Active Galaxy 3C 264 (NGC 3862)

Active Galaxy 3C 264 (NGC 3862)

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News release ID: STScI-2015-19
Release Date: May 27, 2015
Image Use: Copyright
About this image

[Left] In this NASA Hubble Space Telescope image of the central region of the galaxy NGC 3862, an extragalactic jet of material moving at nearly the speed of light can be seen at the three o'clock position. The jet of ejected plasma is powered by energy from a supermassive black hole at the center of the elliptical galaxy, which is located 260 million light-years away in the constellation of Leo.

[Right] A sequence of Hubble images of knots (outlined in red, green, and blue) shows them moving along the jet over a 20-year span of observing. Astronomers were surprised to discover that the central knot (green) caught up with and merged with the knot in front of it (blue). The new analysis suggests that shocks produced by collisions within the jet further accelerate particles that are confined to a narrowly focused beam of radiation. The "X" marks the location of the black hole.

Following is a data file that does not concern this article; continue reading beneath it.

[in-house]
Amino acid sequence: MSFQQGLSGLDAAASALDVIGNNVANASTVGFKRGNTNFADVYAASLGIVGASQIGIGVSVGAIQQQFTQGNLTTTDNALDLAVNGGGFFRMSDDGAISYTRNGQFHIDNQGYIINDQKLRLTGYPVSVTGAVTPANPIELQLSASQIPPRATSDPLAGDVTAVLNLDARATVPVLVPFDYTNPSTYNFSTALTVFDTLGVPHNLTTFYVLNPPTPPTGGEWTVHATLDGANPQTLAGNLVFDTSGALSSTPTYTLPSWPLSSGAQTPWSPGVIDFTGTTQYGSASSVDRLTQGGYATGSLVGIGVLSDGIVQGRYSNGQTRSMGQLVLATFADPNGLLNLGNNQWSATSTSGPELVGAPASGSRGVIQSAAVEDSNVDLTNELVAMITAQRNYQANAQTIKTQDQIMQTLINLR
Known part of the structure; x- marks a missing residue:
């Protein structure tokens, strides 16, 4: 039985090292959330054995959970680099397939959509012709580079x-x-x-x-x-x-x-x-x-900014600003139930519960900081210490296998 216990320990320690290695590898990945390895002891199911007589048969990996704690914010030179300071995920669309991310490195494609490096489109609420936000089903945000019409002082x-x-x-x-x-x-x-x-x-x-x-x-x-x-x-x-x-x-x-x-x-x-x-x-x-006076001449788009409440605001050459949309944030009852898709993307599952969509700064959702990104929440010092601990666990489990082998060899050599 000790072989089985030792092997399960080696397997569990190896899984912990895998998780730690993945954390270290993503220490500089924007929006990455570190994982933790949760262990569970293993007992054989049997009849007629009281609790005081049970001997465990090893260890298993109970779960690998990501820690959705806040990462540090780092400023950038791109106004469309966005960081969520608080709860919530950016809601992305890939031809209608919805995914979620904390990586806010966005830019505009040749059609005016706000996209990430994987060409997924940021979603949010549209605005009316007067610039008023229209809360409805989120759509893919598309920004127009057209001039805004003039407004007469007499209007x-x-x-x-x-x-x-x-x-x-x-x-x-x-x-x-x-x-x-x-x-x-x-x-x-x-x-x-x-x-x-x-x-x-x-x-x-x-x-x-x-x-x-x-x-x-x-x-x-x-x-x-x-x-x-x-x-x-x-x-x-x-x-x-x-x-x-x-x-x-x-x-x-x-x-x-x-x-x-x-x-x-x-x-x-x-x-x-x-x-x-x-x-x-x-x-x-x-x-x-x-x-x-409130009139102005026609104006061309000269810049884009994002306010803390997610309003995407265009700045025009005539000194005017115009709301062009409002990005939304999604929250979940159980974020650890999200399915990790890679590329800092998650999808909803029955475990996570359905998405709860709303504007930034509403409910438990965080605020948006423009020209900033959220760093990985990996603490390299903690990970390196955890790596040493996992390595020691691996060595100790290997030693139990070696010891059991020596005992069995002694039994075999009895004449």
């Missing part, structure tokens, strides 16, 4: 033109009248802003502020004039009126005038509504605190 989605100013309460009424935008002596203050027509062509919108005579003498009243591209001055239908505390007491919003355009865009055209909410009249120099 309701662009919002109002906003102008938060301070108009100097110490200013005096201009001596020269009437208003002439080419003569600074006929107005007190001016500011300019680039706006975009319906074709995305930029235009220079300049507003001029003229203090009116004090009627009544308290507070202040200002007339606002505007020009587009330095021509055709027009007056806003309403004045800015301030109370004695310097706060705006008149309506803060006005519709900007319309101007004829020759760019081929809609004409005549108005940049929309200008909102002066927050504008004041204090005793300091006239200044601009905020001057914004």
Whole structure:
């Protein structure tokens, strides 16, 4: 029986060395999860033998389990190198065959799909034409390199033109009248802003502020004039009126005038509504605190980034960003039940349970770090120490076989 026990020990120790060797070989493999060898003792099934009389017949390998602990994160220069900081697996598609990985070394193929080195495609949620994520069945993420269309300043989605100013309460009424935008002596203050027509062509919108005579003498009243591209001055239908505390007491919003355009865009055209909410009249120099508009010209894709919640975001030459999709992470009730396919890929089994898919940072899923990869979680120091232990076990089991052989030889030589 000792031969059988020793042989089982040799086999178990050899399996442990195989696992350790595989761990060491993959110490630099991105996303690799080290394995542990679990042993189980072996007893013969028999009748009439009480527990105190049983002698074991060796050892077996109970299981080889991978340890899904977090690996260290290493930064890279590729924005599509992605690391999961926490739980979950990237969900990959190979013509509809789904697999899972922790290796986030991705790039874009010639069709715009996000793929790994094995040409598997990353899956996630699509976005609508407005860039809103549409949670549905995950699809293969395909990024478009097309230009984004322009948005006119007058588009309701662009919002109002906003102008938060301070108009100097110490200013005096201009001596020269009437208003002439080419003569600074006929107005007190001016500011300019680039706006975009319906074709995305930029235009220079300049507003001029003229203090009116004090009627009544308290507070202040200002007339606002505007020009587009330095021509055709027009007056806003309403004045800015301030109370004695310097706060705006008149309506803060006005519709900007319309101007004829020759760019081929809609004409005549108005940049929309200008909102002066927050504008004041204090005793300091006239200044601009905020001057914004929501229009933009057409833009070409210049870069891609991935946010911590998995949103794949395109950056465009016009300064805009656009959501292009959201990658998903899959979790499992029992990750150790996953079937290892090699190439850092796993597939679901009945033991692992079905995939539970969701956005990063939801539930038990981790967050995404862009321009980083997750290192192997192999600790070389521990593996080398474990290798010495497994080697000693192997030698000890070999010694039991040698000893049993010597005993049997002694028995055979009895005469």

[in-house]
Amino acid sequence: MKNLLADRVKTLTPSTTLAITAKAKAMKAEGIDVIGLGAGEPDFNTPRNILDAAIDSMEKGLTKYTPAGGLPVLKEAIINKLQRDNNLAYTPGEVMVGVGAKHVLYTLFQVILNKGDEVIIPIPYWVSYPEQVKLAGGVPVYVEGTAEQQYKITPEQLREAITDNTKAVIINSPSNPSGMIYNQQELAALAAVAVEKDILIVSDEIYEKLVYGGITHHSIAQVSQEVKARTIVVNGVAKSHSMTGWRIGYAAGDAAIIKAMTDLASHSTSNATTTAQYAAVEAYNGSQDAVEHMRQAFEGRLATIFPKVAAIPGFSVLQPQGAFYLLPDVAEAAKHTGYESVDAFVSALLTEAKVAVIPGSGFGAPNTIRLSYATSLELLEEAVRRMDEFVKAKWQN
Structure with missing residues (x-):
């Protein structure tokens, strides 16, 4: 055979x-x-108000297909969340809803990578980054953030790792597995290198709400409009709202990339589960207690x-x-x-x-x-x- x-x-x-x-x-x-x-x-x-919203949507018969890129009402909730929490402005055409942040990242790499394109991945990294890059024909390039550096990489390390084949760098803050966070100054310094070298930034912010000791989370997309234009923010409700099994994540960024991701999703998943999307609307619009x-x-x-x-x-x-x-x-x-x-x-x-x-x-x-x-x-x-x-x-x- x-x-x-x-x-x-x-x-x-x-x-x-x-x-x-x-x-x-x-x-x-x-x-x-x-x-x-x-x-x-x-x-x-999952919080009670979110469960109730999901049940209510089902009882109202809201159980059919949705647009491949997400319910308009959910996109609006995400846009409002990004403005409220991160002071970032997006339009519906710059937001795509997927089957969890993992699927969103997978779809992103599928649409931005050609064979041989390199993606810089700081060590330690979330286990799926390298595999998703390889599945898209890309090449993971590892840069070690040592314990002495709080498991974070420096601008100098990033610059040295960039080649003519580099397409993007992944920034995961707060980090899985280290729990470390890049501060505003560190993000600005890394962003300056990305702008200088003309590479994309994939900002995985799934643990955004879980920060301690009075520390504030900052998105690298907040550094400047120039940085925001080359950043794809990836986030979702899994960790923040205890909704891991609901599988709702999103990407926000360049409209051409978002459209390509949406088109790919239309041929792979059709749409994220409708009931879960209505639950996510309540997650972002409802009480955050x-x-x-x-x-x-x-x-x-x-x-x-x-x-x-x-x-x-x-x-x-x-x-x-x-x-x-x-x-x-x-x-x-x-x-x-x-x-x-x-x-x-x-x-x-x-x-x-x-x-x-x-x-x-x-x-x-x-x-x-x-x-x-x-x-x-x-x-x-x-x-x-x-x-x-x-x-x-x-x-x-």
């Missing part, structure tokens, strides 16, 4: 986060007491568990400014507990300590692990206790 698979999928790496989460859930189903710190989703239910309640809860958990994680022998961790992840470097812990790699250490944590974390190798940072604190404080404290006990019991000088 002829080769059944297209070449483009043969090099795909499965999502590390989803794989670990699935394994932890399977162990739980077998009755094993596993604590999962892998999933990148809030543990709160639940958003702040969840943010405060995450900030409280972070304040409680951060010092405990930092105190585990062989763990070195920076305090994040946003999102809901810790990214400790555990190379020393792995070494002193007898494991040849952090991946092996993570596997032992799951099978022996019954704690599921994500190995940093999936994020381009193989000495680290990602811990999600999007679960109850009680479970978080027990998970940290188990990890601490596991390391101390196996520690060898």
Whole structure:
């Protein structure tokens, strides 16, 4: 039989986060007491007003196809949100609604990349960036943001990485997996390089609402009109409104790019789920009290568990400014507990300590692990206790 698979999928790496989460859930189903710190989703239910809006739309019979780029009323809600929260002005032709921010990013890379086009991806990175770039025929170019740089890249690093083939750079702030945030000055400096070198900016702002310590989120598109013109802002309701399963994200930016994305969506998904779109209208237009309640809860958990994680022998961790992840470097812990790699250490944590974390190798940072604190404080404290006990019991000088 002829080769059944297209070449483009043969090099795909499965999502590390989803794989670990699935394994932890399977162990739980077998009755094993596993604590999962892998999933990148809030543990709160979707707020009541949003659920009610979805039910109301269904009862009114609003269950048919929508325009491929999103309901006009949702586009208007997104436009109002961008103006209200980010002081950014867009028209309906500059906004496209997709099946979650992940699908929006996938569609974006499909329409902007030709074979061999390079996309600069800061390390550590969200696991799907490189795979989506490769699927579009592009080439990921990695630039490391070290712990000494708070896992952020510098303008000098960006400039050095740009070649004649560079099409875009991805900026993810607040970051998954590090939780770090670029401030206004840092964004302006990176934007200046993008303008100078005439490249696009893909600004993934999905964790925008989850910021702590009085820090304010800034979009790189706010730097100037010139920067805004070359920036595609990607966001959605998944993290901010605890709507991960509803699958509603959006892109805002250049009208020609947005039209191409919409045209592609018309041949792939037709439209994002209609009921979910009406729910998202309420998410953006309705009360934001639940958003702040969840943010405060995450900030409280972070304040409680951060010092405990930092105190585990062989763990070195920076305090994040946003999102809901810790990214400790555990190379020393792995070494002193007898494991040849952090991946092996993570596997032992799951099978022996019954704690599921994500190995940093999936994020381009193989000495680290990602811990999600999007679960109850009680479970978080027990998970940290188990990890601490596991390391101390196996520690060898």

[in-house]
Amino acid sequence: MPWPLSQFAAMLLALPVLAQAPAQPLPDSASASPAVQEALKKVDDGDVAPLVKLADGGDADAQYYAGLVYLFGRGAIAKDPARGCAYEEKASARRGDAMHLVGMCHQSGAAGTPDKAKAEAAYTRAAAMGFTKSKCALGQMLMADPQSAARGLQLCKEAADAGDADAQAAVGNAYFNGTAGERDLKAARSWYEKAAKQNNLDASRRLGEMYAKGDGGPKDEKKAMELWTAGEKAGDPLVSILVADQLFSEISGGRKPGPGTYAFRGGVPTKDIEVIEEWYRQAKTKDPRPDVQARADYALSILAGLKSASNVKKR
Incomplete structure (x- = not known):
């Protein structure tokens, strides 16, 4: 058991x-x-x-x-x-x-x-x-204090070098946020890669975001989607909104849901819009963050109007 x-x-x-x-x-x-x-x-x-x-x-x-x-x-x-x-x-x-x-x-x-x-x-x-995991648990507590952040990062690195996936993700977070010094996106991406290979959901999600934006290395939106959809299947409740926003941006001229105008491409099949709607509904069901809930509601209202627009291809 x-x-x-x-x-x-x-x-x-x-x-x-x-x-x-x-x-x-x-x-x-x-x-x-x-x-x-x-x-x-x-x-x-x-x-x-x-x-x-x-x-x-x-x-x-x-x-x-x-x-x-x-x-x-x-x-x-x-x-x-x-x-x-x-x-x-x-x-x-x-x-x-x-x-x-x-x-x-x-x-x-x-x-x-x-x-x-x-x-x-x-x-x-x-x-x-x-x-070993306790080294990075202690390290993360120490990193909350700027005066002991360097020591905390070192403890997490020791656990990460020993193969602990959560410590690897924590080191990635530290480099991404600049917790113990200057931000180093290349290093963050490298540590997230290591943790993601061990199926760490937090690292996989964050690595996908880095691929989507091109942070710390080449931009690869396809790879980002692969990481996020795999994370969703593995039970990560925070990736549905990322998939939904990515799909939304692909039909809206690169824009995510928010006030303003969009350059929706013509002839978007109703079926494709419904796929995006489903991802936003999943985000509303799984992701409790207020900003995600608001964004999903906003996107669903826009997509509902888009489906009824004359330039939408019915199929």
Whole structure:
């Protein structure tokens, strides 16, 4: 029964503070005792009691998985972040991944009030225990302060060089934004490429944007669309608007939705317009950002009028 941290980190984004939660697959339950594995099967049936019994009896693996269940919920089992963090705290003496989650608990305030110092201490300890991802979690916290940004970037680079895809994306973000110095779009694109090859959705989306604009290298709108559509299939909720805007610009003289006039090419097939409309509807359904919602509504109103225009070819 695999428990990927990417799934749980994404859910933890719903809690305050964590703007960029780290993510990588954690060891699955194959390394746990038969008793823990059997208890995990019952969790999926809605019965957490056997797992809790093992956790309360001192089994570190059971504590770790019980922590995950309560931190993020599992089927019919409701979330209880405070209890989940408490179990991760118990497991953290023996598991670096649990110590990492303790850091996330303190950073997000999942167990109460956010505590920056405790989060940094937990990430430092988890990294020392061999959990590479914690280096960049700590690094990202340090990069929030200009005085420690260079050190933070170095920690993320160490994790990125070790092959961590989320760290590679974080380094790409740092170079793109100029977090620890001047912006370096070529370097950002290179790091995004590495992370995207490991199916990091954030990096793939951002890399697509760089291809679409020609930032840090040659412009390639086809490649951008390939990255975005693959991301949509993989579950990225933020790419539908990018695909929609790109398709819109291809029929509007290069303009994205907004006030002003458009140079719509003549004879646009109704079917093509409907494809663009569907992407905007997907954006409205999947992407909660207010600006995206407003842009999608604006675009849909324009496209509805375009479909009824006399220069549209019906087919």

Active Galaxies/Quasars, Annotated Observations, Black Holes, Galaxies


NASA, ESA, and E. Meyer (STScI)